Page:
Topic 4: Examine and analyze the character Arthur “Boo” Radley.

Topic 4: Examine and analyze the character Arthur “Boo” Radley.  What is his purpose in the novel—why does he exist?  How would the story be different without him?

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I disagree with you Cake that Boo Radley was scared. He is mostly shy because the way he whispers to Scout and walks to his home with her without saying a word shows shyness not being scared. He may be scared at some point because of the way society judges him but his actions show shyness. In the book To kill a mockingbird, Harper Lee writes “he would be sitting on the porch…Boo would feel more comfortable in the dark” (Lee 364). This shows that he would rather sit in the dark since no one can really see him. If he were to be scared, then he wouldn’t have been outside at all. But he stayed out even though it wasn’t long. Overall Boo Radley is a shy character which is shown by his shy actions.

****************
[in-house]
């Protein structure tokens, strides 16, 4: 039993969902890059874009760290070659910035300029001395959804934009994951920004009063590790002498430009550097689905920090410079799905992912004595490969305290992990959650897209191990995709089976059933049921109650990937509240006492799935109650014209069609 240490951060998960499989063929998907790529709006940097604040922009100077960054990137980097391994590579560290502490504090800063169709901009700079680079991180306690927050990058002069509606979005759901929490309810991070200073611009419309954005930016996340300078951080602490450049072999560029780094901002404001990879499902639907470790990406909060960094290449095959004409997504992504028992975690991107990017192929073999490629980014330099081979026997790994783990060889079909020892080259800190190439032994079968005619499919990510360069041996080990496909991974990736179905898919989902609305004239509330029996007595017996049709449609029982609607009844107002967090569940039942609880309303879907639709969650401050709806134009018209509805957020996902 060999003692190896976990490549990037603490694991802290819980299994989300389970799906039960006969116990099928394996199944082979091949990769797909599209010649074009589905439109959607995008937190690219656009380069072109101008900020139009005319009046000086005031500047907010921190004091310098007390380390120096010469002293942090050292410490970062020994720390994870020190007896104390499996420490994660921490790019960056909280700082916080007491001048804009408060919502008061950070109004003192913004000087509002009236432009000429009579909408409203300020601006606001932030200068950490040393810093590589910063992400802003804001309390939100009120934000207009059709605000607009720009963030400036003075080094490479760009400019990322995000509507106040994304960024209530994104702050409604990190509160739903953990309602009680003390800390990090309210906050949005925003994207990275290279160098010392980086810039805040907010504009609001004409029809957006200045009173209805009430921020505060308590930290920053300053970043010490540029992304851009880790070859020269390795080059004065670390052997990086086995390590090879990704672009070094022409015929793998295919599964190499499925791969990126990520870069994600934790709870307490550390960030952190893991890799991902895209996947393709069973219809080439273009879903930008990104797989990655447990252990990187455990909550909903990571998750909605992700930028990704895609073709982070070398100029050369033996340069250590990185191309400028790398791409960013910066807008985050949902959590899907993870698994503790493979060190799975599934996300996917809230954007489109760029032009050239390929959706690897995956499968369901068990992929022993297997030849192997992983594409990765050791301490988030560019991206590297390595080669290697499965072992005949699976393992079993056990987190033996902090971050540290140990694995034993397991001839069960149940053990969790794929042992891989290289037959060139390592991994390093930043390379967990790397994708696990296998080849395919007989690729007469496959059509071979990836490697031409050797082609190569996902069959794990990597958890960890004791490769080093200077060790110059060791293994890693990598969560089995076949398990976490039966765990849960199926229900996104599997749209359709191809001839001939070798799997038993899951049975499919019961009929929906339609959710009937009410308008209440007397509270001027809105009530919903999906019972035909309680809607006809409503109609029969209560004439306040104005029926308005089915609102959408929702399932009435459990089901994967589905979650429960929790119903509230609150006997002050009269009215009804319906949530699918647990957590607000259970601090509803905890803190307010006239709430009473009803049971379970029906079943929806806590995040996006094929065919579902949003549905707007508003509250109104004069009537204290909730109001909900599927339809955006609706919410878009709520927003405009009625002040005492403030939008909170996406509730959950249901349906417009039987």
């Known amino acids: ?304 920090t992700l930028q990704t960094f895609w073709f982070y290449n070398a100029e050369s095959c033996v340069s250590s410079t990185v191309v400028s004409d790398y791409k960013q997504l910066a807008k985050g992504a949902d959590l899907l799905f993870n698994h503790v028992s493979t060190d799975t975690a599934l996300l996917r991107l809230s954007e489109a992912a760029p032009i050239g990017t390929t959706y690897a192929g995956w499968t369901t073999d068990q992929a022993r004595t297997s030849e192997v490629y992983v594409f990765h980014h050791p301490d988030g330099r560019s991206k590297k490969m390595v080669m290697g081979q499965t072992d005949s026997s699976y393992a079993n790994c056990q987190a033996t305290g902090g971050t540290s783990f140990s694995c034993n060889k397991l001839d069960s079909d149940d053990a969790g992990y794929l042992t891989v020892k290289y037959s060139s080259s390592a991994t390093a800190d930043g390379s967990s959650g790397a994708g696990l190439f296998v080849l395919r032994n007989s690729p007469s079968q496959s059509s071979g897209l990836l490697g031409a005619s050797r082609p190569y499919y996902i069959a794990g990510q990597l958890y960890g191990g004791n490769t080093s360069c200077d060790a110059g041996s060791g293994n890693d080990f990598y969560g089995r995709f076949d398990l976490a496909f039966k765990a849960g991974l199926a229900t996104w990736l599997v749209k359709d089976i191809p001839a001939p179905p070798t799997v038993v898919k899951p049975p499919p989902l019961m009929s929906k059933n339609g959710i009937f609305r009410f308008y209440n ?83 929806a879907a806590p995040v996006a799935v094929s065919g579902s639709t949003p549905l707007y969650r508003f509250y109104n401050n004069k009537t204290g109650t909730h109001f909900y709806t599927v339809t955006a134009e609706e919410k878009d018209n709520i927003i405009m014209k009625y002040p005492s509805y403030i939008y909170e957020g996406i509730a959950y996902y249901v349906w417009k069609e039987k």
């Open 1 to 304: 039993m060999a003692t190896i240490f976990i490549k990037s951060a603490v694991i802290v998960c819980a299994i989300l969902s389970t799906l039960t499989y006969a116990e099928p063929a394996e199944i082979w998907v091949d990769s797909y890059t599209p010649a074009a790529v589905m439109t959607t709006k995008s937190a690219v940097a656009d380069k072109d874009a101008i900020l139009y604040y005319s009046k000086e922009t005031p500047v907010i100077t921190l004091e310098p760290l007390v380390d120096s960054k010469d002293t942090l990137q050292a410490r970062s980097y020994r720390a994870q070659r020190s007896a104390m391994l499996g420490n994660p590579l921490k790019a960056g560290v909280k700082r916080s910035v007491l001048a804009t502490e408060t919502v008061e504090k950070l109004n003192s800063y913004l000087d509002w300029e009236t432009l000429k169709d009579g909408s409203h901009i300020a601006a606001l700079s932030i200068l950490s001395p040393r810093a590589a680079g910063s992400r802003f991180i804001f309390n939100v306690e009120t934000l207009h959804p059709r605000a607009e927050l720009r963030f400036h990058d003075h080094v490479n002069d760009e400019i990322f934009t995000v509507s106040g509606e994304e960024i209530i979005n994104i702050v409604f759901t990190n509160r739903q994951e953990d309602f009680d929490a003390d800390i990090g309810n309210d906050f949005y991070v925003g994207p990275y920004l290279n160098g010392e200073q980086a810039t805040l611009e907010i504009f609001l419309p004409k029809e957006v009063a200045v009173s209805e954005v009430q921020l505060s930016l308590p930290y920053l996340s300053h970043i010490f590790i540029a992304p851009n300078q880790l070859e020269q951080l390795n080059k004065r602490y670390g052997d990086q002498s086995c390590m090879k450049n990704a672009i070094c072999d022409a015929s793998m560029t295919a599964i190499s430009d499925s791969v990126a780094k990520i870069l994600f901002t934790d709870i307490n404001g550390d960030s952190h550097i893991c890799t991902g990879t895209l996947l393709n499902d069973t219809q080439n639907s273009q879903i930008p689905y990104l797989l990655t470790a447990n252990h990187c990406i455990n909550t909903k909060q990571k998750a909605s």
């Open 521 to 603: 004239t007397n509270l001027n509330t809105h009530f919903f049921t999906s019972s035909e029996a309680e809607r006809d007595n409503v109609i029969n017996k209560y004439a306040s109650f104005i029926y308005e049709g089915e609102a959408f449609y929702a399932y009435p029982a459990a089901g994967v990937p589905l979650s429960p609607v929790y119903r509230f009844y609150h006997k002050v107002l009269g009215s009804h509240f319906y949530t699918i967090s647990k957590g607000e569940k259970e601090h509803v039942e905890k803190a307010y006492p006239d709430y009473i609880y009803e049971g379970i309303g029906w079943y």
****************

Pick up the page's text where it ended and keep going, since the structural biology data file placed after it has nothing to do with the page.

I disagree with you cake becuase Boo radley is cheerful based on how he puts candy and toys for jem and scout. As Harper lee the auther of To Kill a Mockingbird states:"He gave us two soap dolls, a broken watch and chain, a pair of good-luck pennies, and our lives."(Lee 30). This shows that Boo is happy for them to come and he is cheerful. Plus his brother doesn't want him to get out but he wants to.
Boo Radley giving Scout and Jem gifts wasn't about being cheerful. He was being kind, Harper Lee didn't state how Boo Radley felt when he gave them these gifts, in fact we never will knnow how Boo Radley felt in that moment.